BY SHASHI MALLA
Nepal is without doubt at the intersection of the Chinese and Indian civilizations. This was amply recognized by the founder of the Nepali nation, the Great King Prithvi Narayan Shah, whose metaphor of ‘the yam between two stones’ was translated into the foreign policy dictum of ‘equi-distance’ from the great empire of the Middle Kingdom and the beginning of the British Indian colony under the East India Company. Later when British India achieved independence and China came into its own under the leadership of Mao Zedong there was absolutely no reason to abandon this sound policy which guaranteed Nepal’s inherent existence. Nepal was after all ‘land-locked’ and a classical buffer state – existing on the borders of powerful states and which from the security standpoint of the latter, served as intermediate ‘cushions’ or ‘crush zones’. Nepal’s continued independent existence precariously depended on the current state of play regarding both the local and general balance of power [vide Jeffery Newnham: Penguin Dictionary of International Relations, 1998: 58].
With the advent of air power, Nepal’s neutrality in the Cold War and its membership in the United Nations, the role of a ‘buffer’ lost its significance. Nepal’s sovereignty and territorial integrity was anchored in its ‘dynamic neutrality’ in the developing South Asian rivalry between China and India, between India and Pakistan, in the US-Soviet Cold War, and also in its membership of the United Nations and the Non-Aligned Movement. In the emerging new ‘world order’, Nepal must attempt to secure its independence by its active role in both China’s project of the New Silk Road and also America’s ‘Indo-Pacific Strategy’.
The foreign policy aspect is only one side of the coin. The other side is the domestic determinants of external affairs, which are also crucial to a nation’s existence. In this also the Great Unifier, Prithvi Narayan showed great vision. He did lay down that his newly founded state would be ‘a garden in which many different flowers bloom’. Thus, long before the dawn of the modern age, Prithvi Narayan laid the steady foundation of a tolerant state, in which all ethnic groups had their autonomous existence. It was because of his dynamic leadership and later that of Jung BahadurRana that Nepal narrowly avoided becoming a British colony, and could preserve its unique way of life. After all, Prithvi Narayan had also warned of the malign ‘Mughlan’ (foreign) influences.
What is the state of the nation today?
Nepal is officially a federal, democratic, secular republic. What has been achieved? And what remains to be done to make the country livable for all? After the last parliamentary elections in which the unified Communist Party of Nepal (CPN) achieved a resounding victory and with support from fringe parties, now has a comfortable two-thirds majority with which to accomplish much. Naturally, the people had great expectations, but till date they are still waiting for tangible results. It seems the Communists are basking in their success, but not moving forward and not in the right direction. They seem to be utterly confused over theory and practice.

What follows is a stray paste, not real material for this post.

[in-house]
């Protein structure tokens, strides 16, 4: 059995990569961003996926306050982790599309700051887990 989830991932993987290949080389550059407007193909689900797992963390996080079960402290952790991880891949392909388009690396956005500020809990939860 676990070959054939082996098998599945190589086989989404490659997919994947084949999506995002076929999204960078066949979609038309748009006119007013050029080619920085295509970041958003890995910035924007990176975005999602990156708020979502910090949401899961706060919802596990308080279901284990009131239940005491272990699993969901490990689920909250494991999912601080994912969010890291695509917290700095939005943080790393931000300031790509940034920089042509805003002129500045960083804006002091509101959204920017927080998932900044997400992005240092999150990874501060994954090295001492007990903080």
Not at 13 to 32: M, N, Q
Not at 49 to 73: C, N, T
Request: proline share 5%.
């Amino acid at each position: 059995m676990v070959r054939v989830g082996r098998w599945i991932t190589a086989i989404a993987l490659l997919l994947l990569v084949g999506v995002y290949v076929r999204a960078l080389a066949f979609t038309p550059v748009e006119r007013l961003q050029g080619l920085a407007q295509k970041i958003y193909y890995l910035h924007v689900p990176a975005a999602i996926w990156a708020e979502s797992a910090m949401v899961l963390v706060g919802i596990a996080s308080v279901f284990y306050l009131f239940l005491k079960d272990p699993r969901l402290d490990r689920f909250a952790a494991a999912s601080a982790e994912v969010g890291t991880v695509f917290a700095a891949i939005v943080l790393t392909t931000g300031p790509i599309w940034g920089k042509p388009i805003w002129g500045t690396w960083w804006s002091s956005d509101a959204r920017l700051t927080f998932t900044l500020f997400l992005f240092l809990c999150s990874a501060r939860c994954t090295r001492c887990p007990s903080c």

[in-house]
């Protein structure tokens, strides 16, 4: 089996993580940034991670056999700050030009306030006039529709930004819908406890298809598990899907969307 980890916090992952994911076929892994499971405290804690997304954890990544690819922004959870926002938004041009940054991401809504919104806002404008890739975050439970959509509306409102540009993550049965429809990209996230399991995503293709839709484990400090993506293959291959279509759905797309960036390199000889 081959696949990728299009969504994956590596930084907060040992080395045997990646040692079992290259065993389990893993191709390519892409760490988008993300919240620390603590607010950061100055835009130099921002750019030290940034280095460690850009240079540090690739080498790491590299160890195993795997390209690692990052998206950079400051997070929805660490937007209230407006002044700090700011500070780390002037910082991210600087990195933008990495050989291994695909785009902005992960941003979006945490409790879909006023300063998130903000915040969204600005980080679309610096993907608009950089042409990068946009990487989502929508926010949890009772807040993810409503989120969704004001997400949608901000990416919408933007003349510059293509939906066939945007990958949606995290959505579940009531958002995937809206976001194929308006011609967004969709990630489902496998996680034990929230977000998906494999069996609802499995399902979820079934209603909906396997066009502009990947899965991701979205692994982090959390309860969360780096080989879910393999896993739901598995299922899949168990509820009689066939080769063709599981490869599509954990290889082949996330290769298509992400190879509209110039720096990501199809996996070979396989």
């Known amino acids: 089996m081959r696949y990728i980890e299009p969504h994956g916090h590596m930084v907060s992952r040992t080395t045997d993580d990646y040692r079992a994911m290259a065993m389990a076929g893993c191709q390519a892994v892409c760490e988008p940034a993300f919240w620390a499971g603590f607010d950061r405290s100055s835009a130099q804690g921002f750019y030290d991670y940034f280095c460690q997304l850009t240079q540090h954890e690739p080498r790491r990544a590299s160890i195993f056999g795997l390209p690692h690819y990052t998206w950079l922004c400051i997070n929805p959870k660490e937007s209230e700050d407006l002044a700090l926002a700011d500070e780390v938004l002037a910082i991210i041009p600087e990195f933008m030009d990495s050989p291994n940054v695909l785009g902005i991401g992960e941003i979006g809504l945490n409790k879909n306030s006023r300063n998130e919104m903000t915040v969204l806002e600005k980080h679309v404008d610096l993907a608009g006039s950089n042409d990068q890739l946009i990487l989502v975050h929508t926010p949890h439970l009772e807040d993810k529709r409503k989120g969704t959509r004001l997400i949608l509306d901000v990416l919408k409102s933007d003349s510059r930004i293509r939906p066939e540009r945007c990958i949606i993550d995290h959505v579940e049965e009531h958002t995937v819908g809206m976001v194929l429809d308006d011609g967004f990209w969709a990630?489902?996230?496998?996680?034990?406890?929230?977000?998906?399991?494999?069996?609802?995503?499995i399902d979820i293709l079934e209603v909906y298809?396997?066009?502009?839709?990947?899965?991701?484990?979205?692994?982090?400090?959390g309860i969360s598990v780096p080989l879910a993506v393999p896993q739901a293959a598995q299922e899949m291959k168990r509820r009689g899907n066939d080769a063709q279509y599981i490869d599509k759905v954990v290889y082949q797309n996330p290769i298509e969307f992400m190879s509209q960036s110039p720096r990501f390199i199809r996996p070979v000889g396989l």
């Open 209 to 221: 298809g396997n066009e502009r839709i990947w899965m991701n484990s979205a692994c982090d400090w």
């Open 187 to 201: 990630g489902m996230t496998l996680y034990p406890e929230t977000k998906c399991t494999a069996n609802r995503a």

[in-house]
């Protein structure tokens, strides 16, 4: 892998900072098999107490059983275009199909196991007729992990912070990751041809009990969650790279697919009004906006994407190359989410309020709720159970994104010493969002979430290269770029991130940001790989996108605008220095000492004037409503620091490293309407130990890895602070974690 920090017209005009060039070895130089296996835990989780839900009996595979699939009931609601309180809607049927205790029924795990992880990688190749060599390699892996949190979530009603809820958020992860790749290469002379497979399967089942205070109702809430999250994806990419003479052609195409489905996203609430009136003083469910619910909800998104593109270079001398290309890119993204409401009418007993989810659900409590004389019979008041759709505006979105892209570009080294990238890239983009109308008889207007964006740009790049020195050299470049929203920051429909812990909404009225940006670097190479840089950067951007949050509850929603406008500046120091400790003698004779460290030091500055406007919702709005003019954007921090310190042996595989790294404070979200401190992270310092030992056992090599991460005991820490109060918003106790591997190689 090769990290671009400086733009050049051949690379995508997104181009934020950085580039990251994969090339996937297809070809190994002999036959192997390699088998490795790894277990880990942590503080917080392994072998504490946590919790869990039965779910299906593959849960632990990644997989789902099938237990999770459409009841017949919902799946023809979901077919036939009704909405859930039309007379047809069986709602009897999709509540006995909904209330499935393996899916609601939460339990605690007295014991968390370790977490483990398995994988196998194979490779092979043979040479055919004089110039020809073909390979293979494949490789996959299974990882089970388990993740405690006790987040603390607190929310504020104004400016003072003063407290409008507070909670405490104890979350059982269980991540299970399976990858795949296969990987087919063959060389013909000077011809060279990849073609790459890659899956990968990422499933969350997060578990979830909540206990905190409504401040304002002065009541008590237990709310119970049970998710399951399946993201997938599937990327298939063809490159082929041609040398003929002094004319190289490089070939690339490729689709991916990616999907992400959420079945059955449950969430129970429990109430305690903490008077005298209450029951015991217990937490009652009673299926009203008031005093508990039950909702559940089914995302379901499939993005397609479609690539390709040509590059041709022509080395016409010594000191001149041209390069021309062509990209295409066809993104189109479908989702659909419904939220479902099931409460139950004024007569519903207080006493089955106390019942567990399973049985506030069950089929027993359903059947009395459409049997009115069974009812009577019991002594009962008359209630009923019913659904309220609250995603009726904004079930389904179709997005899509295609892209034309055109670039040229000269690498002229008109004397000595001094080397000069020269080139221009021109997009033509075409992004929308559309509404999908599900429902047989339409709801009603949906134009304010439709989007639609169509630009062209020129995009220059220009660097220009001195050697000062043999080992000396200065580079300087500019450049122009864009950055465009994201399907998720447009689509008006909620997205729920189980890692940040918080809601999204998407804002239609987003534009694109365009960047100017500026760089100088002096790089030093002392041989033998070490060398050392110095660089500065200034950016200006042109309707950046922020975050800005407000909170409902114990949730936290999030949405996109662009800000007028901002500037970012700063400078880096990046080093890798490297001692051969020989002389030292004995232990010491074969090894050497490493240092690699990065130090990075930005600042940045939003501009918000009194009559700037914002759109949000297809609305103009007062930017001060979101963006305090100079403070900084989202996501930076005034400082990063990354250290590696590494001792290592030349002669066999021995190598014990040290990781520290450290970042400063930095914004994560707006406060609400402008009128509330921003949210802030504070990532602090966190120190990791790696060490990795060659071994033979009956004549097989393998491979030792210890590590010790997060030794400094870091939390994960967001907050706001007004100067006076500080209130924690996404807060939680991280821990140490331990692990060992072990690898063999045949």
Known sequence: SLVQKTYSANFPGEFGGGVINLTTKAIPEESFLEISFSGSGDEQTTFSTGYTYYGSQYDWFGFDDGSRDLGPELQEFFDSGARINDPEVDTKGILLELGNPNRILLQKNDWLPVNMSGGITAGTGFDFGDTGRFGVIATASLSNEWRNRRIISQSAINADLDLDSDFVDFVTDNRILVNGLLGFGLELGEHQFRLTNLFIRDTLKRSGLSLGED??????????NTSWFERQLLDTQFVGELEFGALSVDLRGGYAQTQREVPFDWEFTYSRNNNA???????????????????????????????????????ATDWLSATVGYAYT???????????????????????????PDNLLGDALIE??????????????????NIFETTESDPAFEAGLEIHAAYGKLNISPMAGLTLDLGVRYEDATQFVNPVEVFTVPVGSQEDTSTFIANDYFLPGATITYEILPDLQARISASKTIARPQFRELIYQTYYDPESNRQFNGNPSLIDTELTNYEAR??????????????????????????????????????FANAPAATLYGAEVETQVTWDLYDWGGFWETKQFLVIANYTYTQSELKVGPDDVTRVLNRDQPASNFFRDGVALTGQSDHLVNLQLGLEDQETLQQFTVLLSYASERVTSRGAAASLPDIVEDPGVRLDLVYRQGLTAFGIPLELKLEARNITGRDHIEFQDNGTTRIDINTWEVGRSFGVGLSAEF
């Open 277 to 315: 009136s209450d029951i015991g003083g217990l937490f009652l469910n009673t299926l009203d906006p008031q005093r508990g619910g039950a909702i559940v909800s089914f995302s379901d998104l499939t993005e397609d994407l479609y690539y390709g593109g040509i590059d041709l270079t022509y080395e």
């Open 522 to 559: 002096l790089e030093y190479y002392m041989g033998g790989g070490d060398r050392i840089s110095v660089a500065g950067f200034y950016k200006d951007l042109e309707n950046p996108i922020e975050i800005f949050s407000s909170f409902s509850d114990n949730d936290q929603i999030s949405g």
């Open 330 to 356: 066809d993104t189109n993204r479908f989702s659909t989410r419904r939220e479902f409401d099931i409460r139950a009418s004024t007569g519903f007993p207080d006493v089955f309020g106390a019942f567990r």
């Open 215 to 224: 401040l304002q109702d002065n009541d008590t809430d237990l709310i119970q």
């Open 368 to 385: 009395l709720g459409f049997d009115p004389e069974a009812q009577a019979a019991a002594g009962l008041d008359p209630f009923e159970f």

First, they have haphazardly proclaimed the coming into effect of ‘federalism’. This is not functioning smoothly. The division of labour between the centre and the states has not been considered in a logical manner. The division of administrative duties between the various tiers has also not been considered effectively – village/town – district – state – centre. A plausible devolution of power has not taken place.
Second, is Nepal really a functioning democracy? We do have periodic elections, but elections alone do not a democracy make. Think of North Korea, the Democratic Republic of Congo, Venezuela ! At most, we are an ‘electoral democracy’, with little transparency and no accountability. Perhaps, these words do not exist in the ‘Communist Dictionary’!We also have a most ineffectual opposition, devoid of ideas and vision. Nepal’s civil society is non-functional.
Third, is Nepal really a secular state, and is secularism the sine qua non of its political existence? The situation in Nepal would be very funny, were not millions of Hindus robbed of their religious identity. According to the Marxist-Leninist creed, ‘Religion is the opium of the people’ [!], and in principle our Communist leaders should be diehard atheists. But behold, they have suddenly become practicing Hindus, using Hindu rituals and practices to impress the common people. The President of the Republic has even become an Ersatz-Monarch, taking the lead in national Hindu ceremonies, formerly reserved for the King of Nepal. In fact, the people are questioning the very rationale of establishing secularism.